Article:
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Final salary scheme: we'll take action

School leaders are latest to consider next step in pensions row

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School leaders are latest to consider next step in pensions row

A major new survey has highlighted the anger among senior school staff over plans to reform their pensions, with nearly two-thirds claiming they are prepared to take industrial action.

Heads' union the NAHT has revealed that 64 per cent of its members would take action to protect the highly prized final-salary scheme, which is under threat from a major review of pensions due to report this spring.

Nearly 90 per cent of the 3,300 largely primary school members taking part in the NAHT consultation said they would not support an end to the current arrangements.

The findings come hot on the heels of a decision by the ATL, a moderate teaching union, that it is to move towards a formal ballot of members over plans to raise contributions to between 9.5 and 9.8 per cent from 6.4 per cent.

The ATL's move was welcomed by the NUT, which is also considering a ballot for industrial action, while the NASUWT has not ruled out strikes.

The Association of School and College Leaders (ASCL), which largely represents secondary headteachers, is also expected to join the throng in the coming weeks as it, too, battles to retain final-salary schemes.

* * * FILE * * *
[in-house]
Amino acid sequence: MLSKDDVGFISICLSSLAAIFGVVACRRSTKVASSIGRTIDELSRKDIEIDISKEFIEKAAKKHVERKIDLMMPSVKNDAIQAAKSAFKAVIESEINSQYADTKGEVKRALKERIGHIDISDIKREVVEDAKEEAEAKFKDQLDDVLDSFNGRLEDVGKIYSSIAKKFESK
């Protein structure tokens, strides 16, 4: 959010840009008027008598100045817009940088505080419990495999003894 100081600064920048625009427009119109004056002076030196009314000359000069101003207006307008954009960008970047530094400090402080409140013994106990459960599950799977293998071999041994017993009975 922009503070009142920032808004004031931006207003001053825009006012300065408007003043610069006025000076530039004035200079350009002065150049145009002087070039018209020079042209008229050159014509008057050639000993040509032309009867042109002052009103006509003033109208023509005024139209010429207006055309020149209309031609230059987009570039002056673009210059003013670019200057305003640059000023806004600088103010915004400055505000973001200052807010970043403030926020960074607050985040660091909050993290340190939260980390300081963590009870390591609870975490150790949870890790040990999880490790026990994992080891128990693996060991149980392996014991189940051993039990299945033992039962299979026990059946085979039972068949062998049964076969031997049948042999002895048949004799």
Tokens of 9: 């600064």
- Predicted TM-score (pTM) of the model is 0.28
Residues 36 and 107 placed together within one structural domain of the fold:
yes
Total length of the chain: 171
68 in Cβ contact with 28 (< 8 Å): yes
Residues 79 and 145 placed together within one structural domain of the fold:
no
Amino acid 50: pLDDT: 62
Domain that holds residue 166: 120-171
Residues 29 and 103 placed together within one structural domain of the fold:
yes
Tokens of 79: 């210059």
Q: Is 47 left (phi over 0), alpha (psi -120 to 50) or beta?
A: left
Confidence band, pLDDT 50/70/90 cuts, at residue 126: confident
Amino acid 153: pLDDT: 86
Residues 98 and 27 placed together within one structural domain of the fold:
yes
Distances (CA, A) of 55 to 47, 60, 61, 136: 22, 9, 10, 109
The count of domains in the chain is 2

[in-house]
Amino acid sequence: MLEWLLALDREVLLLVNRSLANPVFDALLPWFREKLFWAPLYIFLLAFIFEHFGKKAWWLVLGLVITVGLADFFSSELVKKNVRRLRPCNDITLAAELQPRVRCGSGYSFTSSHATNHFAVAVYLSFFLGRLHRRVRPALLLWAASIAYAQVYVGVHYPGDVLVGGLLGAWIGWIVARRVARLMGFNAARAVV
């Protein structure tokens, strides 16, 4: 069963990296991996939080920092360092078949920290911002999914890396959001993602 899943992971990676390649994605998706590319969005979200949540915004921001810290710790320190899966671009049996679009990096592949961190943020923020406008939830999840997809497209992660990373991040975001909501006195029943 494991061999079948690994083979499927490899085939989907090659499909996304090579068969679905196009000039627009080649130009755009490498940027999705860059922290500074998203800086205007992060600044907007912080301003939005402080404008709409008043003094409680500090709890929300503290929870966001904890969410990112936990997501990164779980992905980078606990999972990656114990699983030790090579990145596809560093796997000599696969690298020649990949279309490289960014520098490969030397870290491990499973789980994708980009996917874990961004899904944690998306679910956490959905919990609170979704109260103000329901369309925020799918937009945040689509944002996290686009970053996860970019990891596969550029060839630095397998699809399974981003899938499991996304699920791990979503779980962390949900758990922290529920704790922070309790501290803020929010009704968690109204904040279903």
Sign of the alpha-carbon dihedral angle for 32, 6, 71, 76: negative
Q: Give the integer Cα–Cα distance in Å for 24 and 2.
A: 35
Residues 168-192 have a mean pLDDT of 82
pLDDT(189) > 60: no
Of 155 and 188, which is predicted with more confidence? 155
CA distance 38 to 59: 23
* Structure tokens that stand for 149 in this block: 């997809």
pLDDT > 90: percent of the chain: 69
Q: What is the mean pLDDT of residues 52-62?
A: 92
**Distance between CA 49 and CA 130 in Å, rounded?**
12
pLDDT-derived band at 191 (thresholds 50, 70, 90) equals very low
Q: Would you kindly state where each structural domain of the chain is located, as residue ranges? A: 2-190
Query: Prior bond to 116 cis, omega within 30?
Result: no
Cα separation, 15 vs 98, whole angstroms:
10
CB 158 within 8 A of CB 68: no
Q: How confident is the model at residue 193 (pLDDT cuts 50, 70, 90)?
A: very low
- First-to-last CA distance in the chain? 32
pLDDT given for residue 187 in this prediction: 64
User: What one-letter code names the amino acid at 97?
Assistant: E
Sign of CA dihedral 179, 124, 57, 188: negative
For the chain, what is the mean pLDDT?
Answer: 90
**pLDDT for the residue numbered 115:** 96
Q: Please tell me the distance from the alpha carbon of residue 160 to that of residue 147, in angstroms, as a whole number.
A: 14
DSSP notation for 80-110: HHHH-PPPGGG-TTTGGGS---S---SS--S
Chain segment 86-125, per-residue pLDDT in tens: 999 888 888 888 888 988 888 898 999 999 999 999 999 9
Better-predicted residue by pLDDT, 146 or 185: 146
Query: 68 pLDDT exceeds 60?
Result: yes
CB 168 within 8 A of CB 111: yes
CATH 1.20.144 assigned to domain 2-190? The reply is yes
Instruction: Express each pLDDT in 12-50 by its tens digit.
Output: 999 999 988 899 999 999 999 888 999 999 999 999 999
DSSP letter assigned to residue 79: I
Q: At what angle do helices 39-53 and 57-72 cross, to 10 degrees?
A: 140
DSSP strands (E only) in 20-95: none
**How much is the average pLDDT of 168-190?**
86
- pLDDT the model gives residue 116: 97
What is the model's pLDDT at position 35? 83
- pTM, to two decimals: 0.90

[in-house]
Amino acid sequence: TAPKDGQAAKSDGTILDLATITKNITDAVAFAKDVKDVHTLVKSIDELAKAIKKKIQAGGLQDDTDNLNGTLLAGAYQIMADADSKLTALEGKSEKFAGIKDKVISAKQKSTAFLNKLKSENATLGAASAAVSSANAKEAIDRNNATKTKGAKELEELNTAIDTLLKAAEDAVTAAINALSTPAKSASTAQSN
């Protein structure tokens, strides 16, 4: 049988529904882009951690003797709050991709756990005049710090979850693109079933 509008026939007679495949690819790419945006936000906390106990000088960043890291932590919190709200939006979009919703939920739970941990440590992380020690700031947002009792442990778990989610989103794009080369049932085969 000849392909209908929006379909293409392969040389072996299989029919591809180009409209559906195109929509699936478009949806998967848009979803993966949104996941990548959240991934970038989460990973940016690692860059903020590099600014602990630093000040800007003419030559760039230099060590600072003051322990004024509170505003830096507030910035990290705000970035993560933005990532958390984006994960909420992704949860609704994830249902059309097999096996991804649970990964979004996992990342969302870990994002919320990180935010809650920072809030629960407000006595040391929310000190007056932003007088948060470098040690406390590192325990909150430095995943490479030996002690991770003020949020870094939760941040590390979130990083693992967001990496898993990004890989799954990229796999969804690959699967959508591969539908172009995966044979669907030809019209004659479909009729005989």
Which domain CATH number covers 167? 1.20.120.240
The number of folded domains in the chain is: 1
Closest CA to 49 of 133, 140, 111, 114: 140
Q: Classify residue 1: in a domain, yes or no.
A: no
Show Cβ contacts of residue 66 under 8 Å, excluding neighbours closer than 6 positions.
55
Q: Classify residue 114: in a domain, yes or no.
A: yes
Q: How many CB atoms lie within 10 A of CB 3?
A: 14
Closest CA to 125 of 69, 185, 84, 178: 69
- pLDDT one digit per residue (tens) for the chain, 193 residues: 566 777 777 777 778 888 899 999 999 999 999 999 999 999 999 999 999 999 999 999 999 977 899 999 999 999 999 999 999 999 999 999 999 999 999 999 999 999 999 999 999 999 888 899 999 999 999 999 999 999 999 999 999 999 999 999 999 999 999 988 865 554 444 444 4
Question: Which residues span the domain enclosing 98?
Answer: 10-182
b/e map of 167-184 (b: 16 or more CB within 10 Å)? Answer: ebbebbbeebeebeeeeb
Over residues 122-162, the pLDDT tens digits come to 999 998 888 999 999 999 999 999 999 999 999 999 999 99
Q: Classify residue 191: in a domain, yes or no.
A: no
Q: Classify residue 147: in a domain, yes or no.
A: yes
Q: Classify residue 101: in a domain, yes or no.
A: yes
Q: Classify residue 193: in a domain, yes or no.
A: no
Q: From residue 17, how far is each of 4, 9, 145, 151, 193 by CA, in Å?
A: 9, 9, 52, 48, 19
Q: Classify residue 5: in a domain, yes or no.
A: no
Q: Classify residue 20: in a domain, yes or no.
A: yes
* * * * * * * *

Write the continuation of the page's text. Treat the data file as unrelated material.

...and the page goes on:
Lord Hutton, who is carrying out a review of public sector pensions to be published next month, has already warned that the schemes are "fundamentally unfair" and reward high-flyers disproportionately.

He is expected to recommend a move towards a career-average scheme, although NAHT general secretary Russell Hobby claims that this would reward fast-trackers who climb to the top early in their careers.

Mr Hobby added: "There is a lot of concern as the final-salary scheme is seen as a right they have earned, not a perk. It's part of the package."

Mr Hobby said the results showed that the association had not "lost its edge", but whether the survey will translate into a formal ballot for industrial action is not yet clear.

The association's formal policy on the Government's proposed changes to teachers' pensions will be decided at its council meeting next month.

The last time the NAHT warned that industrial action was a possibility - a boycott of this year's key stage 2 Sats tests was on the cards last September - it was cancelled in response to a government pledge to carry out a formal review of testing.

The news of the NAHT survey comes as talks between the Government and unions over a proposed 50 per cent rise in pension contributions for teachers are due to start after next month's Budget.

A consultation on the changes is expected to be launched in June.

Mr Hobby said that among members taking part in the survey, there was no general acceptance that teachers should have to pay more for their pensions, despite chancellor George Osborne's claim that savings of between pound;768 million and pound;852 million a year are needed.

However, the NAHT survey did show some willingness among members to pay more for their pensions: 77 per cent said they would accept increased contributions if it meant protecting the scheme in its current state.

NAHT: Sats veterans

- Represents: 28,000 school leaders in England, Wales and Northern Ireland.

- Members in 85 per cent of primary schools and 40 per cent of secondaries.

- Last industrial action: May 2010, boycotted the key stage 2 Sats tests alongside the NUT. Around a quarter of primaries took part.

89% - NAHT members who wouldn't support an end to final-salary scheme.

  • Original headline: We'll take action in support of final salary scheme, vow heads

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